Across the country, the number of workers earning minimum wage was going down. But in Idaho, it was going up.
Going up a lot — 63 percent from 2011 to 2012.
Suddenly, Idaho led the nation in the proportion of workers earning minimum wage. Previously, Idaho sat in the middle of the pack among the states. In just one year, Idaho had fallen from Number 30 to Number 50.
StateImpact Idaho reported this bad news back in February. But reporters Emilie Ritter Saunders and Molly Messick didn’t want to leave the story there. The numbers felt like a symptom of something deeper that had been turning up in their reporting on Idaho’s economy for almost two years.
So Emilie and Molly set out with a simple question: Why is Idaho falling so far behind on wages so fast? The result is “Bottom Rung,” an insightful series that rolled out online and aired in Idaho over the past two weeks.
Interviews with economists and labor experts helped Emilie and Molly pinpoint the root causes of Idaho’s low-wage problem — and which storylines to chase.
There was the collapse of good-paying jobs in construction and high-tech manufacturing. There was rapid growth in low-paying jobs at call centers. There was the influx of retirees, mainly from California, creating new demand for service workers at restaurants and retail operations that pay low wages.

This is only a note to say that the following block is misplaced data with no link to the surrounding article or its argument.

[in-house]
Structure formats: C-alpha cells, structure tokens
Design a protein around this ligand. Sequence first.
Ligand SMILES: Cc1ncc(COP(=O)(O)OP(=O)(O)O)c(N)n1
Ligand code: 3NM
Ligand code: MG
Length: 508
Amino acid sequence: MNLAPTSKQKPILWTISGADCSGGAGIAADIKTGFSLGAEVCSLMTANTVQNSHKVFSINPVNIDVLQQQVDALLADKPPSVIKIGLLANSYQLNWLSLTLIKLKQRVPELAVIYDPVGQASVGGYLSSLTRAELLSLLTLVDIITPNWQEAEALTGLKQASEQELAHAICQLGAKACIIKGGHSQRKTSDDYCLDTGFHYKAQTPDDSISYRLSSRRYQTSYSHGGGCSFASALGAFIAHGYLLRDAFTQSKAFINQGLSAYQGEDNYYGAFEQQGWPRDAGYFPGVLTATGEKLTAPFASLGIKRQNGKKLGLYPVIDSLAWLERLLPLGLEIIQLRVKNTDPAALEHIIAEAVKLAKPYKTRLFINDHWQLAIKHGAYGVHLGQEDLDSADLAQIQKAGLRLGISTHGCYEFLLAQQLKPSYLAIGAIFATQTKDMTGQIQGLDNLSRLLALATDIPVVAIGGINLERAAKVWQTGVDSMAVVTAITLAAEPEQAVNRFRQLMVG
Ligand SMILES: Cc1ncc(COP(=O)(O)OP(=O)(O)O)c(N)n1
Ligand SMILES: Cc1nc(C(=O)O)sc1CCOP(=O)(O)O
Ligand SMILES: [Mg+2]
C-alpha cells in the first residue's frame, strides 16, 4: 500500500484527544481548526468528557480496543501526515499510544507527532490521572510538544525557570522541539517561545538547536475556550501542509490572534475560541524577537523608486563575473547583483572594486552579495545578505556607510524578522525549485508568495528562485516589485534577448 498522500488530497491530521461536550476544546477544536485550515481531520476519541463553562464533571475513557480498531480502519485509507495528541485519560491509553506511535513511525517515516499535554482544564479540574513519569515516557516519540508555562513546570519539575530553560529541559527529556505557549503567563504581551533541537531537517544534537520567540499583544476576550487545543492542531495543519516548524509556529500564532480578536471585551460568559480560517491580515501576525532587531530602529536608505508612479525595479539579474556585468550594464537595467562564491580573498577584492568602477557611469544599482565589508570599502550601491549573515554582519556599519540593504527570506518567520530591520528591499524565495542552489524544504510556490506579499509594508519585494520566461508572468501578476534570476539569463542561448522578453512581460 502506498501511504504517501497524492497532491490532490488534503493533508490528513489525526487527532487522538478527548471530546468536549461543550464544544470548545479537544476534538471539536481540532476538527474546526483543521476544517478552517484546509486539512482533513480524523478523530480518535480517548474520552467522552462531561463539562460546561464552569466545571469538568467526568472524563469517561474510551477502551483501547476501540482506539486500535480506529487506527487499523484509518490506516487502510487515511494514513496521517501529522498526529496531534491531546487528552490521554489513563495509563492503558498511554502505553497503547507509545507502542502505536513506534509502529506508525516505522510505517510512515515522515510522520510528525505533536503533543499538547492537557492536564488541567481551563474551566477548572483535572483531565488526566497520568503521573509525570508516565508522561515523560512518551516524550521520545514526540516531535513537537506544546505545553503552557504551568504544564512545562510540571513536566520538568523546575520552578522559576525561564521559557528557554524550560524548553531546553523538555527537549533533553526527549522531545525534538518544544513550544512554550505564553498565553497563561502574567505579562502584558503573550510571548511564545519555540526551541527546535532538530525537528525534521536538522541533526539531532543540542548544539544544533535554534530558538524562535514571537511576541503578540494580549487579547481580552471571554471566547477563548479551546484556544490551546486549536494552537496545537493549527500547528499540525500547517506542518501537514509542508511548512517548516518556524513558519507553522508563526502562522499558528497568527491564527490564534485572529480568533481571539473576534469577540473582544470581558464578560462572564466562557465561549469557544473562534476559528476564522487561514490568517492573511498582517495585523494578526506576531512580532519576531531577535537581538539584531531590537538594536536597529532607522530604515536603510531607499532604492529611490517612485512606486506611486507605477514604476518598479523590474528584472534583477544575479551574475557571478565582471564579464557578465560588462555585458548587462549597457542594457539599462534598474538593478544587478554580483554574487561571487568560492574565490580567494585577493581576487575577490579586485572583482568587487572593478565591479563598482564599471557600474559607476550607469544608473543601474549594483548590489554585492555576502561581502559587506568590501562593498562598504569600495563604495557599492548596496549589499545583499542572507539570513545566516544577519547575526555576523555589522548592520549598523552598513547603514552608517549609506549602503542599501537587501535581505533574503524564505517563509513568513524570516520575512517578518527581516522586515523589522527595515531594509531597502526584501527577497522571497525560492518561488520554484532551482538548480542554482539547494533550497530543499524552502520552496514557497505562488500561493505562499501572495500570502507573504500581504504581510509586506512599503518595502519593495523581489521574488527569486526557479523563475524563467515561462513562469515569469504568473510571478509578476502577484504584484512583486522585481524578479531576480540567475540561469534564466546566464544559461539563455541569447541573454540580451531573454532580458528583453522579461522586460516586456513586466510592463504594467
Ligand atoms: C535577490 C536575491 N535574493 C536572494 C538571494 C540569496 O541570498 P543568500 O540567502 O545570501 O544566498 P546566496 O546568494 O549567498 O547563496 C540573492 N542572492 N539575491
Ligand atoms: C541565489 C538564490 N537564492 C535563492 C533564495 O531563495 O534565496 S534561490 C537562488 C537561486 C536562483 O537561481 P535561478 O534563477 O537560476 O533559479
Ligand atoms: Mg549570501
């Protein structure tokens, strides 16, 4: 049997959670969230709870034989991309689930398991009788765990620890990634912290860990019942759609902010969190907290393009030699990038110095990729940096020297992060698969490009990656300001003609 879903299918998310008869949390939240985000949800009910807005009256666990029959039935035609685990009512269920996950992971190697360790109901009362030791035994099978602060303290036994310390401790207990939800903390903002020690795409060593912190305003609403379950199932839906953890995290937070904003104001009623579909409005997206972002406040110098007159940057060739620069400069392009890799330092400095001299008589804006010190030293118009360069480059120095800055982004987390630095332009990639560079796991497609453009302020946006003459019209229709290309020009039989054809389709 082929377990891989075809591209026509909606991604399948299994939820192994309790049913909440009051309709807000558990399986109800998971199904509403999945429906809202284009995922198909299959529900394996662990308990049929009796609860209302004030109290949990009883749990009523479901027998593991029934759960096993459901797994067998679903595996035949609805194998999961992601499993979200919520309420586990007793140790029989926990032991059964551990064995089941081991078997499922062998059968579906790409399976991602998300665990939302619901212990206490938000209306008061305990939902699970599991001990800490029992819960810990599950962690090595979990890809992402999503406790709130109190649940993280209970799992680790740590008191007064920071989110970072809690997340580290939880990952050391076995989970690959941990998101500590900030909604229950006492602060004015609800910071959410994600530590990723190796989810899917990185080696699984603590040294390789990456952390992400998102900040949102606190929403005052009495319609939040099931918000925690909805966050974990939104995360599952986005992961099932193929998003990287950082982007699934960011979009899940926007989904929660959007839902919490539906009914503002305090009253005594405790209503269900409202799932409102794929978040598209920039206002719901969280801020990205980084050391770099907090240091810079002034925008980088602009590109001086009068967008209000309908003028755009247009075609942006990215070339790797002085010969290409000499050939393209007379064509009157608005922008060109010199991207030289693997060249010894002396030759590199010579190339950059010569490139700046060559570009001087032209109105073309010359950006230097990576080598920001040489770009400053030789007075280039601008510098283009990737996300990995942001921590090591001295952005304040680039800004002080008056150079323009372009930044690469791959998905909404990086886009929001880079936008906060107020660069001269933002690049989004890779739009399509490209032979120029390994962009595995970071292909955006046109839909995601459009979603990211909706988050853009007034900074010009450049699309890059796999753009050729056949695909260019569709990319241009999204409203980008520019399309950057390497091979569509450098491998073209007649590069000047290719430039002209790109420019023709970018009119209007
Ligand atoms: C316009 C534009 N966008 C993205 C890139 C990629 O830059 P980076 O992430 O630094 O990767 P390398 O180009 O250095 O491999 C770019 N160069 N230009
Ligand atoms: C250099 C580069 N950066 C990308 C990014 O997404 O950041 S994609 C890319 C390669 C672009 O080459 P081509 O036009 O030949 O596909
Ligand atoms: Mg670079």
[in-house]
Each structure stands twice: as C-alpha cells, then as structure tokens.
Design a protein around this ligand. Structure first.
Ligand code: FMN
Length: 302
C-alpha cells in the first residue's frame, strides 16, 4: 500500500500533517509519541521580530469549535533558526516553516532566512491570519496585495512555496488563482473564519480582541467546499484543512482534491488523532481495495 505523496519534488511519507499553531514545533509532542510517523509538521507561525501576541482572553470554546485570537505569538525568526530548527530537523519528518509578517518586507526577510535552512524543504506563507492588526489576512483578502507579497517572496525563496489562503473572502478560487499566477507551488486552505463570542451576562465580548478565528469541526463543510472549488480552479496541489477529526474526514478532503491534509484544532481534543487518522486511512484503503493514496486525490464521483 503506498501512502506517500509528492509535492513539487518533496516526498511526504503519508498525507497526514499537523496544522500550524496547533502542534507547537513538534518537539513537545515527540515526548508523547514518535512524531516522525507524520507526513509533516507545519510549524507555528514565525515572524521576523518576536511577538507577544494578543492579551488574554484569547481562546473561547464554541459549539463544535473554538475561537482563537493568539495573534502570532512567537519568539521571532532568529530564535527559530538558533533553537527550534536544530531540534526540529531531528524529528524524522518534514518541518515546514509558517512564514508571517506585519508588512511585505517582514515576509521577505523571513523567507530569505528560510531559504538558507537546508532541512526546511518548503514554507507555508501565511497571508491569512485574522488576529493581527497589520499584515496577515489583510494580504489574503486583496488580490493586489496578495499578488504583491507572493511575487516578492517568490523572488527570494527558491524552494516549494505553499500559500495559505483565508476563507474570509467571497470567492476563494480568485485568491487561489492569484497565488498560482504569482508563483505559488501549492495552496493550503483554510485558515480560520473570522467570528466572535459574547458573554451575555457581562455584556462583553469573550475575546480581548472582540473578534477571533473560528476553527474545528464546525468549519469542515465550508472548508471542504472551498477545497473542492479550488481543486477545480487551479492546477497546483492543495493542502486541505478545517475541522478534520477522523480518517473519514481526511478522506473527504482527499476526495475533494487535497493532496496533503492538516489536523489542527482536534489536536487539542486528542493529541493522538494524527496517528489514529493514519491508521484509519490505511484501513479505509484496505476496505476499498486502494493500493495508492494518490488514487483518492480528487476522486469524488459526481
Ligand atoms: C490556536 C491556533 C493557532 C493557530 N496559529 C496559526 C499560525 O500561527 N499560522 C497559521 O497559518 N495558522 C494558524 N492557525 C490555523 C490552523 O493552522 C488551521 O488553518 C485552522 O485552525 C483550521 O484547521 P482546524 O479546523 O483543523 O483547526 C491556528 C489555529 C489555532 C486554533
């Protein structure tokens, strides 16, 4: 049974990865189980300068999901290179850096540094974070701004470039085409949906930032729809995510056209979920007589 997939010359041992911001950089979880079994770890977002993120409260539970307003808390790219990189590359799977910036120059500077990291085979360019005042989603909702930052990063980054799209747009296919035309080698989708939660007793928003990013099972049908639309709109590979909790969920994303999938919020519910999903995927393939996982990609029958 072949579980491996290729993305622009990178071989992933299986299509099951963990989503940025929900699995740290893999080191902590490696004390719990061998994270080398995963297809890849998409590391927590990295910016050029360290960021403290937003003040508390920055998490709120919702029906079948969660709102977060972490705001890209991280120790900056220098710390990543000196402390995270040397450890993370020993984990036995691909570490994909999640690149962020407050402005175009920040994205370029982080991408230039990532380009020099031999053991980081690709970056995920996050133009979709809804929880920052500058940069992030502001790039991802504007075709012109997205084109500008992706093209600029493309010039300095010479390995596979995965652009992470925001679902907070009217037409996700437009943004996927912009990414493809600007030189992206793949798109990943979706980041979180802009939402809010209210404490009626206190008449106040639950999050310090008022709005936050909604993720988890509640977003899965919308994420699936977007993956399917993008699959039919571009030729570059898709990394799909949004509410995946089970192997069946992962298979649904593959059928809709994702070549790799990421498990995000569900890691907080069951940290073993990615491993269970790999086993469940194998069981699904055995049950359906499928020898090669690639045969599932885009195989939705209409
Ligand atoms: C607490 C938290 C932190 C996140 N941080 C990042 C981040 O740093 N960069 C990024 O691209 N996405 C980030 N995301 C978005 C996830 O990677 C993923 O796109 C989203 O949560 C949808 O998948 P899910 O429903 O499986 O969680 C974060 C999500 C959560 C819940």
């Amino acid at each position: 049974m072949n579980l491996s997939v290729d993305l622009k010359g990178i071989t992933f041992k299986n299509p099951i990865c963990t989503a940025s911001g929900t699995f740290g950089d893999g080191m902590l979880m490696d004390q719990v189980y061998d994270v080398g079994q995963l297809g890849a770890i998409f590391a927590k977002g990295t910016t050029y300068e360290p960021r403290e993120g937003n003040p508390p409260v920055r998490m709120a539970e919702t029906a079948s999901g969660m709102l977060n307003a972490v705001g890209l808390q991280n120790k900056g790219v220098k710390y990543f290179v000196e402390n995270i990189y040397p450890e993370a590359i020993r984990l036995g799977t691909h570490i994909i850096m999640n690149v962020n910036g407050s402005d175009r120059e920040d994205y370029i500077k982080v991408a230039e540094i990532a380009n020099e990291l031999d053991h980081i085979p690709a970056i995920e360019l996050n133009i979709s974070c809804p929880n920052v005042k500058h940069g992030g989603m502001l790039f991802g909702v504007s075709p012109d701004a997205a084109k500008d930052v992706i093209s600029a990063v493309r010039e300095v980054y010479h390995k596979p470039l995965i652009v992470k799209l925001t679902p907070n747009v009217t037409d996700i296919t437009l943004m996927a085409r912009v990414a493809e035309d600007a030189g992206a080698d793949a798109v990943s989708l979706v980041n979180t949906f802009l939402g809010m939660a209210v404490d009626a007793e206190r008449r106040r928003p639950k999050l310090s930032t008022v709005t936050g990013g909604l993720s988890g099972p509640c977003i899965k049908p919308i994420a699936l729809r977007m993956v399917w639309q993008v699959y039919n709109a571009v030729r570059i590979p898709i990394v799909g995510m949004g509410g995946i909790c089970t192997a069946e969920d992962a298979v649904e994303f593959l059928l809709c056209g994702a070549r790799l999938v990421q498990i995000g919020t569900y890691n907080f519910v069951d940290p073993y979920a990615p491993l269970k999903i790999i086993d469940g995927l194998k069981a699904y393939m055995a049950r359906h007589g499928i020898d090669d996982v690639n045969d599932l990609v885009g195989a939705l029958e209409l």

State government had a role, too. Idaho has been disinvesting in education. Meanwhile, the governor has been using Idaho’s low wages as a selling point with businesses.
One challenge Molly and Emilie faced in reporting the series was finding workers earning minimum wage who would talk to them. As Molly wrote in her story kicking off the series:
Supervisors at fast food chains and retail establishments turned me down. One worker decided against an interview after his boss threatened his job. Finally, I selected a stretch of road in Boise that’s lined with strip malls, restaurants and gas stations, and started talking to people.
The series struck a chord with listeners and readers. “In the two years of StateImpact Idaho’s existence,” Emilie says, “we’ve never had so much feedback from our audience as we’ve had in the last two weeks.” The stories kicked up some interesting conversations — check out Molly’s post on reader and listener comments and this Storify Emilie put together of the chatter on Twitter.
Molly says putting together Bottom Rung was “a good lesson in the great things that can result from taking a hard run at a big issue.” Sadly, it’s also Molly’s last run with StateImpact Idaho — she’s headed off to Central America for a few months to study Spanish. Good luck to Molly on her new adventures. And congrats to both Molly and Emilie on a nice job telling rich human stories about a complicated subject.